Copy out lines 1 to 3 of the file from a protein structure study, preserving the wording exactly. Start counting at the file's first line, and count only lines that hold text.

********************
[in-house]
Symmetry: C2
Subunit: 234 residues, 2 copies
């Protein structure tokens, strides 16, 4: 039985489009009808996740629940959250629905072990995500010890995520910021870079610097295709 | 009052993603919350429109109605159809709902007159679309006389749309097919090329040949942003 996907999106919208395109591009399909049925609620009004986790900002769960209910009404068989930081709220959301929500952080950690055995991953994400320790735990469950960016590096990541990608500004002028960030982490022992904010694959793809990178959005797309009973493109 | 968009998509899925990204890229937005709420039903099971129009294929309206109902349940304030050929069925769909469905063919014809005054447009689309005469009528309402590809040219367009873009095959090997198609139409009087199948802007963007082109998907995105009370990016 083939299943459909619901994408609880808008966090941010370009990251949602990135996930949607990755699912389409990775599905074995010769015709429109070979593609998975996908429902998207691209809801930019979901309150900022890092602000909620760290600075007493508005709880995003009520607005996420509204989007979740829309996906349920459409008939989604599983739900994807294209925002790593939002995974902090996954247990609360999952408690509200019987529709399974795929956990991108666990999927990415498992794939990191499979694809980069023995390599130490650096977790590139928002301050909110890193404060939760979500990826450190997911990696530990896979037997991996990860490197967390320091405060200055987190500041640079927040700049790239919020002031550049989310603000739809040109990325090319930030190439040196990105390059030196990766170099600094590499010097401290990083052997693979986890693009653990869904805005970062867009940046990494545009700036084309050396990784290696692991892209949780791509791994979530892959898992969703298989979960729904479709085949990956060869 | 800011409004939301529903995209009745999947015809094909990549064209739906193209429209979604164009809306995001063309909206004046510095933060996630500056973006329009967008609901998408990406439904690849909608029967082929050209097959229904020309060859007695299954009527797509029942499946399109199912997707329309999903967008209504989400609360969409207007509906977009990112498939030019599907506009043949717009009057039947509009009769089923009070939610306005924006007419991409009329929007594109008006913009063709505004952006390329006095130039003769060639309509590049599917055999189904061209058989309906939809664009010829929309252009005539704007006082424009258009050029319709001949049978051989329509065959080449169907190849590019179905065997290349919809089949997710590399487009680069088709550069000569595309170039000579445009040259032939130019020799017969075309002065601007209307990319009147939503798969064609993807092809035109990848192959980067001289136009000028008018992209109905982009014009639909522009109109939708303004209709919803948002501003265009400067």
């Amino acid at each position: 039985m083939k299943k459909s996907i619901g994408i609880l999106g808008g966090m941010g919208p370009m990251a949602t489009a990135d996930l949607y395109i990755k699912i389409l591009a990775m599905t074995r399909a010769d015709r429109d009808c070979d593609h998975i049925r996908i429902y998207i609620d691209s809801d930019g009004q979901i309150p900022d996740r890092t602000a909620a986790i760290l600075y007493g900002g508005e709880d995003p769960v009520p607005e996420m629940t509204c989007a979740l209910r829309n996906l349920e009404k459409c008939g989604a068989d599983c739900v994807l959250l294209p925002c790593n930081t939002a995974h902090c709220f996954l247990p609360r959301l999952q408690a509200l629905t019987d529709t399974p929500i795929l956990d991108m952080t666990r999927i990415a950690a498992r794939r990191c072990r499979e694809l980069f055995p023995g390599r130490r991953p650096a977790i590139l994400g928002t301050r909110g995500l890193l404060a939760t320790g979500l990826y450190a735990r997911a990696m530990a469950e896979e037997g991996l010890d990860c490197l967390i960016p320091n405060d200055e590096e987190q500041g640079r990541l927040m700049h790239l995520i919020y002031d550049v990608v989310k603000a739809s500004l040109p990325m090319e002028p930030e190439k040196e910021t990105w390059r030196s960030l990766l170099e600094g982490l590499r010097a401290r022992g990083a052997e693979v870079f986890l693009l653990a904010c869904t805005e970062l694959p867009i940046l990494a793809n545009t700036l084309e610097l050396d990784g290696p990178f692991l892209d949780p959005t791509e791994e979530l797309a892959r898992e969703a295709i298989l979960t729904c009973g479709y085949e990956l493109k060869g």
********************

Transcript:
[in-house]
Symmetry: C2
Subunit: 234 residues, 2 copies